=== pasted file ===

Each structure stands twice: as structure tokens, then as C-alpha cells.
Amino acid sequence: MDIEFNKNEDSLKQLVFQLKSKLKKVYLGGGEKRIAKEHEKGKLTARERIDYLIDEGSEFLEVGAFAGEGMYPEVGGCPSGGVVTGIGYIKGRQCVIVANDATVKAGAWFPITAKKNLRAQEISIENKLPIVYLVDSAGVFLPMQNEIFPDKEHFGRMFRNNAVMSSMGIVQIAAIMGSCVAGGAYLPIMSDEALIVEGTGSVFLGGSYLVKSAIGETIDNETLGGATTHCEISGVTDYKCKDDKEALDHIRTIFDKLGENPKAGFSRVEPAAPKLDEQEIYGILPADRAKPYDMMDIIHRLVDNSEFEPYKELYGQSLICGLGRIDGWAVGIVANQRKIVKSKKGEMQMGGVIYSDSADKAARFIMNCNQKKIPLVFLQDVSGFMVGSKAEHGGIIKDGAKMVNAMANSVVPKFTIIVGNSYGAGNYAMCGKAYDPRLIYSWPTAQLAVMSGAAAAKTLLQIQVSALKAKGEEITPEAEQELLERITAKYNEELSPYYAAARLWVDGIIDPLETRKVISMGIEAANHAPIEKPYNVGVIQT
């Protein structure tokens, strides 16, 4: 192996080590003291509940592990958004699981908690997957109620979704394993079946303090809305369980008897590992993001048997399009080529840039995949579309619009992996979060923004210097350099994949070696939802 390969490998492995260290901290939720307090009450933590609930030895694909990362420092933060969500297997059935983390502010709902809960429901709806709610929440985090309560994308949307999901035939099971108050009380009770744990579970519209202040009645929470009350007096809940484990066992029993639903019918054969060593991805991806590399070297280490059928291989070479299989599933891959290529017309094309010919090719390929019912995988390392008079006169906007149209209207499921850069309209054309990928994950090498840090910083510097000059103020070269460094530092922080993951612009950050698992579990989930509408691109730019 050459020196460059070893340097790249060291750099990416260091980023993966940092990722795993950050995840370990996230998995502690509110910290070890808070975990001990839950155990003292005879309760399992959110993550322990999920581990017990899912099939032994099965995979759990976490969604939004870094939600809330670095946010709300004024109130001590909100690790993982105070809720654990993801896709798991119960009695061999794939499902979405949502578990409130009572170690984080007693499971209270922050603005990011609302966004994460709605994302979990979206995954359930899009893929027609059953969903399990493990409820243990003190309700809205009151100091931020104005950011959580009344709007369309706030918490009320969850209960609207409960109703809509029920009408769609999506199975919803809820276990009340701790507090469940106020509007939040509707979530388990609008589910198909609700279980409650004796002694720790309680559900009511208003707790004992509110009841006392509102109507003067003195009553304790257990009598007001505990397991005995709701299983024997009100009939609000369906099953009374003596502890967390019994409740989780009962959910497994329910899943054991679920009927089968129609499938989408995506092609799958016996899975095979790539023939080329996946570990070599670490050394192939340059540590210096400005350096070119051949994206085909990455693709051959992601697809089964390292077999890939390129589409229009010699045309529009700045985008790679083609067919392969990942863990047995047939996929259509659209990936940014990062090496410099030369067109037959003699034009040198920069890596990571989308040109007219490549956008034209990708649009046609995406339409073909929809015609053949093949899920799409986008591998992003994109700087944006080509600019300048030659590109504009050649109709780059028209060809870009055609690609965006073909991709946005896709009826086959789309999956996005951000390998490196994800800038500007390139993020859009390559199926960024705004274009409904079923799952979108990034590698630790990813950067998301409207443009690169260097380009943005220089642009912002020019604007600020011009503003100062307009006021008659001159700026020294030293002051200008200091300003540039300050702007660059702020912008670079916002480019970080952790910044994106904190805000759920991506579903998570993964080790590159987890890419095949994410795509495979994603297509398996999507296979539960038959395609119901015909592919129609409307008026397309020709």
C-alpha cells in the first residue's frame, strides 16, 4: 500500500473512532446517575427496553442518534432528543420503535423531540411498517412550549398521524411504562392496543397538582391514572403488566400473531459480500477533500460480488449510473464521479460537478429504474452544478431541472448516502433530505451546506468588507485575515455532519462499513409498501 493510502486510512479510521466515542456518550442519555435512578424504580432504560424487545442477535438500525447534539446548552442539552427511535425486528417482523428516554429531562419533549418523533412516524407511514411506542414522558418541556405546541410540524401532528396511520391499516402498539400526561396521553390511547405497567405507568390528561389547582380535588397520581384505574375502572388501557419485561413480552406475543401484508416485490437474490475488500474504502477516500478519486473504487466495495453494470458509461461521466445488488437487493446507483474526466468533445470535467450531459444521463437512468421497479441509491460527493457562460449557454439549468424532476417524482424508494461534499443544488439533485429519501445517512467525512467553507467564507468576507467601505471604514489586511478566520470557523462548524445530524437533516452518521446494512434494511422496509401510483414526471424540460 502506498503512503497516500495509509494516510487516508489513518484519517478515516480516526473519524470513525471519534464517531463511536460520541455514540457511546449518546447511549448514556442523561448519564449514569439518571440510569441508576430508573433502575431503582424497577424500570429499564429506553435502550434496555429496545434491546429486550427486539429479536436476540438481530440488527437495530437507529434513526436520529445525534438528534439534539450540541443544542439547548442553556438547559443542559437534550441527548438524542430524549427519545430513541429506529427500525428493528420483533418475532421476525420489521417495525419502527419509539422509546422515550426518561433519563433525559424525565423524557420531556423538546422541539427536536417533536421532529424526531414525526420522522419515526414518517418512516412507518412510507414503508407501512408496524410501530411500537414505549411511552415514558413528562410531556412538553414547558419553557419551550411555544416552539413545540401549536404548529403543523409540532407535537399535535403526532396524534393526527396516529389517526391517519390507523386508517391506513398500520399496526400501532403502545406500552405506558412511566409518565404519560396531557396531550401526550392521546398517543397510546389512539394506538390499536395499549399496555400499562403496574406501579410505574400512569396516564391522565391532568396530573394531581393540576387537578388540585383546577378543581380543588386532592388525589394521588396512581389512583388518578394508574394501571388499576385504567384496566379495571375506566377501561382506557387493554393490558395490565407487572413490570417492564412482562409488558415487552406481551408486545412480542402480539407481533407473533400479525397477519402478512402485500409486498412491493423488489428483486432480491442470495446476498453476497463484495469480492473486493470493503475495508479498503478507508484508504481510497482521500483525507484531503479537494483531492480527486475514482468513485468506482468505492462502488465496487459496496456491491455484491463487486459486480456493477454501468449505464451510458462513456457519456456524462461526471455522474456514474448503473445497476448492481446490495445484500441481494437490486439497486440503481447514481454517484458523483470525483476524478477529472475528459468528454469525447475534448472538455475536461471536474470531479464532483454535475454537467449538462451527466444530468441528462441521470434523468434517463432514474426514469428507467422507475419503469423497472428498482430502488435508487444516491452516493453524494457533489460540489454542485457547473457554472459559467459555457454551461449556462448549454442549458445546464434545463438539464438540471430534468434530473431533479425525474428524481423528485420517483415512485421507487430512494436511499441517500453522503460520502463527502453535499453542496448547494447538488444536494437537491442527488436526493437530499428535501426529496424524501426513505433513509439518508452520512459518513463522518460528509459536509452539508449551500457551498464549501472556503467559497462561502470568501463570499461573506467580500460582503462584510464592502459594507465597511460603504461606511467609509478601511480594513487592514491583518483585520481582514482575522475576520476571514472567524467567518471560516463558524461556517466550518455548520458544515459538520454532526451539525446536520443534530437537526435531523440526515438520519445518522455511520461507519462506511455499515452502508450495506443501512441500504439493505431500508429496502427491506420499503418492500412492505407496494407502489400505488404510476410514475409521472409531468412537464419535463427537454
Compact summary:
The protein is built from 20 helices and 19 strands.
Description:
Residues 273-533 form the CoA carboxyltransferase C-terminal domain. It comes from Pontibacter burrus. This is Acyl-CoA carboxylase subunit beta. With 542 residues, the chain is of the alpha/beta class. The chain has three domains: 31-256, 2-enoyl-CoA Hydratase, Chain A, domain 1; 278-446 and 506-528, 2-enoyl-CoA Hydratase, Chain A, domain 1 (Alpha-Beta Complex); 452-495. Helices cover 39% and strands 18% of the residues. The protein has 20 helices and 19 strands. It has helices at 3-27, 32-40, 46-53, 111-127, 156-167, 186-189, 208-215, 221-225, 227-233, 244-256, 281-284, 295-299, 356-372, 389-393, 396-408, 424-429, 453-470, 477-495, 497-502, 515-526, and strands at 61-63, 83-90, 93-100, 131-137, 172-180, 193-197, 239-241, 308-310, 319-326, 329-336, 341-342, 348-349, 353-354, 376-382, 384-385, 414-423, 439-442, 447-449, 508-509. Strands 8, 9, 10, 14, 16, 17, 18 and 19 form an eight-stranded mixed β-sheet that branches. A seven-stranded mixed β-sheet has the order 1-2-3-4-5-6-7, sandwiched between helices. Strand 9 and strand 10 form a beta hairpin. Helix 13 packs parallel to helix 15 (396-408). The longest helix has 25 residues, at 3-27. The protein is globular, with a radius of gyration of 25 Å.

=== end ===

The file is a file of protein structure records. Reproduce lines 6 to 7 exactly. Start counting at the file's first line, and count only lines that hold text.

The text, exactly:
The protein is built from 20 helices and 19 strands.
Description: